The early work of OMA focused instead on the possibility of architecture to influence social behavior. Instead of chopping up and recombining the coherent but semantically overloaded formal elements of the architectural object, OMA sought to chop up and recombine coherently separated and distilled functions into layered arrangements. This recombination took inspiration from the violent recombinations of bodies in surrealism. Koolhaas recalled the Comte_de_Lautréamont's description of a young boy as appearing "as beautiful as the chance meeting on a dissecting-table of a sewing-machine and an umbrella!". Koolhaas interpreted the intensely neutral gridded assemblage of Manhattan as a surrealist device of recombination in which the elevator scrambles the social programs of physically proximate but highly unrelated activities and inhabitations of space. Koolhaas compared this effect to the theory of Architecture as Social Condensor articulated by Soviet Constructivists such as Moisei Ginzberg.

Both Eisenman and O.M.A. founded their theoretical projects during a moment of crisis in modernist (Western) culture. [though beyond the scope of this essay, we might consider the consequences of the theoretical rivalry between Colin Rowe and Ungers who were the primary mentors to Eisenman and Koolhaas respectively in the theoretical differences between their proteges - the recent writings of Pier Vittorio Aureli and K. Michael Hays would be a strong point of departure for this topic.]  In a way each of these positions was strongly political at its time of inception. But..

To listen to Eisenmen speak is frustrating when he is face to face with Rem. He lacks the rhetorical power and subtle manners of the Dutch master - especially when he ventures into political territory. One of the more gratifying moments comes when he asks Rem if his proposal for La Villete (which is the famous source of the Landscape Urbanist concept of  "Irrigating the Landscape with Potential") no longer holds value for him - considering his neglect of the landscape in favor of the 'generic'. This, for once, puts Rem on the defensive, forcing him to explain that he is not stupid and that he knows that La Villete is among his best work - even if a focus on landscape has been lacking in recent work.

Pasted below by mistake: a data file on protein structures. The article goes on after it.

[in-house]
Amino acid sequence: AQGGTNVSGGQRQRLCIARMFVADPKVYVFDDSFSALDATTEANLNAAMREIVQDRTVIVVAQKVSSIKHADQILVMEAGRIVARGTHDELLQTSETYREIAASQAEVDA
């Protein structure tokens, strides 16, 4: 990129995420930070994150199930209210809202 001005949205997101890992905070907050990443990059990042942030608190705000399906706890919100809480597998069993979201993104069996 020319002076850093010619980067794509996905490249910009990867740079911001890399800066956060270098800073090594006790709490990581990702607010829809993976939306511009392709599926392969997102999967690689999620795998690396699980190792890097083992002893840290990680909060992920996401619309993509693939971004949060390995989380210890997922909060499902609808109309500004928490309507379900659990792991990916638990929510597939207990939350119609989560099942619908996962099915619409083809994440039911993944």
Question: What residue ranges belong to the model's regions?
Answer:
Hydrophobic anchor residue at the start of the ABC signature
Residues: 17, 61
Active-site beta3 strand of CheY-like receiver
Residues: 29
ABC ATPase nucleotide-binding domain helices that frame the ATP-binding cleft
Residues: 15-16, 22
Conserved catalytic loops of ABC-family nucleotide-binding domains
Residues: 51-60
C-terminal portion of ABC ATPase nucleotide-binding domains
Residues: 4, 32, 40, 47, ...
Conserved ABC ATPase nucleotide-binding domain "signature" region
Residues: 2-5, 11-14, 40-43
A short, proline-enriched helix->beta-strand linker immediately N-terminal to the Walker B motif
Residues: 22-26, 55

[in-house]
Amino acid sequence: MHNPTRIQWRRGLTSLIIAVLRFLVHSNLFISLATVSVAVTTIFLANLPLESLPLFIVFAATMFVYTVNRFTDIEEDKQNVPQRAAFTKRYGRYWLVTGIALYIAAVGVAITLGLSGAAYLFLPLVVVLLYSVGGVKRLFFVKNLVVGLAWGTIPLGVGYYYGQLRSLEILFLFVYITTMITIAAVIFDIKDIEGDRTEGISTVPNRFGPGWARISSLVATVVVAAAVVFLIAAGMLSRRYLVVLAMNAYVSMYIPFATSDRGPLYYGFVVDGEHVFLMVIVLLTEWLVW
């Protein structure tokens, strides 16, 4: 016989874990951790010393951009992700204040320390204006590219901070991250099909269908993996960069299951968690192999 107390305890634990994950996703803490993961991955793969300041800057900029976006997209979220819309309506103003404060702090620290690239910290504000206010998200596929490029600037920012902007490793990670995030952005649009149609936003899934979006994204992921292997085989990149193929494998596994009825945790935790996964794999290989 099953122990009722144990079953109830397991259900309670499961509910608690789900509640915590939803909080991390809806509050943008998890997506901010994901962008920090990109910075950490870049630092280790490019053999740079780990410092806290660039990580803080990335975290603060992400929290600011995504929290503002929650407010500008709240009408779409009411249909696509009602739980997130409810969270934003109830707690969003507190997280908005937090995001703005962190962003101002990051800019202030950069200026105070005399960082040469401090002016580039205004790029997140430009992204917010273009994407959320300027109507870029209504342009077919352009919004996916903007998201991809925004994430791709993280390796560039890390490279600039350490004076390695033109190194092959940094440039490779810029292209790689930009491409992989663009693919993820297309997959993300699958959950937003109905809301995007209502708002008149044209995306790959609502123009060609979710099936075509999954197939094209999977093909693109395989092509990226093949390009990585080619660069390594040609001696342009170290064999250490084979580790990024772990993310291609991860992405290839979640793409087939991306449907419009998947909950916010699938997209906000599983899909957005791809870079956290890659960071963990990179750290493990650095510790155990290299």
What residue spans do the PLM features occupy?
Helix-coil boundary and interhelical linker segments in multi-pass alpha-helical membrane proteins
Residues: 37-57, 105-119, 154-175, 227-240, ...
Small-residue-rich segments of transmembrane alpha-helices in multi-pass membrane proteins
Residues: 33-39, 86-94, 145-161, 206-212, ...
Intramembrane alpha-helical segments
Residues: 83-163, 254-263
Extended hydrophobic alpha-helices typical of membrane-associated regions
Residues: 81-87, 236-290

But what we must also note is the extreme failure of the leftist wager in '68 (the early 70's in Italy).

Within a faltering market economy, who will purchase public works on the grand scale? Koolhaas is one of a dying breed of architect [at least as he would have it] who works almost exclusively in the public sector in a 20th century way. Since the fall of the Soviet Union, he has been actively trying to grapple with the flows of global capital and power and to "surf" these dynamics. But he is clearly dissatisfied with the sidelining of the architect as a public figure/intellectual. His solution of pursuing autocratic clients has become a trope within the architectural conversation.

Eisenman briefly touches on a concept of figuration and of an intricate and indexed series of processes which relate figure and field in the architectural/urban object of production. This theoretical admixture of the partial figure is central to the current discourse which remains highly on topic - see Stan Allen and Marc Mcquade's Landform Building. This conceptual territory is highly related to the experimentation within Causa Locuta, but this brings us back to one of the major subtexts in the conversation between Eisenman and Koolhaas: that of the ethical relationship of the bond between architect and client.


Saturday, September 10, 2011

Procedural Typologies

[Procedural Typologies]

Friday, September 2, 2011

Form: Graphs